18 Sep 2010 - 09 Jan 2011
Curators Aimar Arriola and Manuela Moscoso
18 September, 2010 – 9 January, 2011
Ignasi Aballí; Lorea Alfaro; Txomin Badiola; Antonio Ballester Moreno; Erick Beltrán; Bestué / Vives; Rafel G. Bianchi; Carles Congost; June Crespo; Discoteca Flaming Star; Patricia Esquivias; Jon Mikel Euba; Esther Ferrer; Nuria Fuster; Dora García; Fernando García; Rubén Grilo; Lilli Hartmann; Daniel Jacoby; Jeleton; Fermín Jiménez Landa; Adrià Julià; Dai K.S.; Tamara Kuselman; Daniel Llaría; Erlea Maneros Zabala; Pablo Marte; Fran Meana; Asier Mendizabal; Jordi Mitjà; Momu & No Es; Julia Montilla; Itziar Okariz; Antonio Ortega; Kiko Pérez; Juan Pérez Agirregoikoa; Gabriel Pericàs; Paloma Polo; Sergio Prego; Wilfredo Prieto; Tere Recarens; Red Caballo; Alex Reynolds; Xavier Ribas; Carlos Rodríguez-Méndez; Francesc Ruiz; Xabier Salaberria; Jorge Satorre; Javi Soto; Julia Spínola; Sra. Polaroiska; Alain Urrutia; Isidoro Valcárcel Medina; Azucena Vieites; Oriol Vilanova; WeareQQ
Before Everything is an attempt to delve into current artistic production from Spain. The exhibition, in which 56 artists will participate, will occupy the Center in its entirety. Undertaken by the exhibition’s curators Aimar Arriola and Manuela Moscoso, the selection does not set out to offer a totalizing vision of the here and now of Spanish art, but rather to confer an unprecedented level of visibility to productive modalities that have developed in specific locations in Spain; it will attend to the diversity of languages and ways of making art that have characterized the last 20 years. The recent change of decade offers an opportune moment to formulate an exploration of what’s to come and to take a look at the languages and ways of operating that have marked recent art.
The broad conceptual framework for Before Everything revolves around the notion of “expectation.” An expectation entails a reasonable possibility that something happen. Expectation is also a means of regulating our relationship to what is about to ensue, a relationship mediated by multiple external forces. The sphere of expectation also refers to the logic of cultural consumption and our relationship to Art, based on the continuous production of future projections.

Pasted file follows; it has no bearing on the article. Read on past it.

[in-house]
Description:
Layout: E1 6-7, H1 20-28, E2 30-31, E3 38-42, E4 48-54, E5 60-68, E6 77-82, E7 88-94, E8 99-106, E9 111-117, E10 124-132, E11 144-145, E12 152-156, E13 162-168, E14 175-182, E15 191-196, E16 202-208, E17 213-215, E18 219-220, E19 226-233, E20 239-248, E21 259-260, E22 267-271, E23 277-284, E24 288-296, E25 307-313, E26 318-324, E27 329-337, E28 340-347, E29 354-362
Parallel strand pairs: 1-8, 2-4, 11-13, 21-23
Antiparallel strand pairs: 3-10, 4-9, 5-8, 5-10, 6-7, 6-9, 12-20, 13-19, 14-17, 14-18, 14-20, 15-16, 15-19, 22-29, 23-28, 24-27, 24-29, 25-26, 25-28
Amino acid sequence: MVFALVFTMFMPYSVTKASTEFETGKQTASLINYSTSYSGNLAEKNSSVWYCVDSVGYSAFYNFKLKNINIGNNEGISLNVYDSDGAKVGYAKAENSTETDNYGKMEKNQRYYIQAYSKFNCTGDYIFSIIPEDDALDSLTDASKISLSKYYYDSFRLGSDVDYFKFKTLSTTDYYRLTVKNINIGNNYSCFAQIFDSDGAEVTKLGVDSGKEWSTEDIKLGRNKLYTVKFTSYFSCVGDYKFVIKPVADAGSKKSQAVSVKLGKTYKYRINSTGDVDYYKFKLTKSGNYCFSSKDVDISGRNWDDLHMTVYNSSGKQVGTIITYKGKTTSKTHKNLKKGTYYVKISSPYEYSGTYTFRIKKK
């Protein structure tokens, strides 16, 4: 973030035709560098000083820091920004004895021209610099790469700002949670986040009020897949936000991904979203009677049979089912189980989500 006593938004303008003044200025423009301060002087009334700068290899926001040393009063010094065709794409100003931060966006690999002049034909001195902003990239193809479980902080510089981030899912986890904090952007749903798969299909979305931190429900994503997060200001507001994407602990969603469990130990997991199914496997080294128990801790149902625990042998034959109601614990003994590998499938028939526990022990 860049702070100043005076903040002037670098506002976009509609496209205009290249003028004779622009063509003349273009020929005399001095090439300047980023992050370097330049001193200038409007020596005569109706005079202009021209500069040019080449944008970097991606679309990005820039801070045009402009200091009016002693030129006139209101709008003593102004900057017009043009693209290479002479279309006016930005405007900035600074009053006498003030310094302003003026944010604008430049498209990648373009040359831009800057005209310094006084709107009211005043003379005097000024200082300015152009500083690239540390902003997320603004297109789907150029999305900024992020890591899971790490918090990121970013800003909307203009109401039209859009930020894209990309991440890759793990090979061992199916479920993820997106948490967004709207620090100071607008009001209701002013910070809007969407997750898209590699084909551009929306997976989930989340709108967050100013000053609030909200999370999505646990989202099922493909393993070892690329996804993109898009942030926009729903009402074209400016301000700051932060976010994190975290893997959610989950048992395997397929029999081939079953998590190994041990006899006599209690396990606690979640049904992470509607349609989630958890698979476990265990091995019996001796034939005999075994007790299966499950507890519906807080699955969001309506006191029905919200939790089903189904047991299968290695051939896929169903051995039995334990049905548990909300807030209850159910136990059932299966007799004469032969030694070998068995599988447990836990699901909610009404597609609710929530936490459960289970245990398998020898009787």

This project also aims to explore the connections between the art practices of different generations in order to build bridges and to evidence resonances with the present. In an array of context in the last two decades, a growing group of artists has approached the sphere of art in terms of continuity; they have indicated that the present can no longer be defined on the basis of ideas like “rupture,” “novelty” or “change.” These continuities between generations and their practices, however, are not straight lines by which knowledge is conveyed; nor are they translations or legacies. They are, rather –and to use the term of the philosopher Gilles Deleuze– lightening-shaped trajectories that appeal to a hybrid genesis of contemporary practices.
The exhibition will include a large number of works produced specifically for the occasion. As evidence of the organic nature of the project, and as part of the process prior to the exhibition’s opening, Jeleton (Gelen Alcántara and Jesús Arpal) will carry out “Répétitions anotado” [Annotated Repetitions] during the weekend of June 18 to 20: these workshops for collective reflection and production will help the artists to construct “footnotes” to the works that will later form part of the exhibition. An array of collaborators will be invited to make comments (in the form of drawing, music and speech); the material produced by these sessions will be installed in the galleries themselves in order to multiple readings of the project.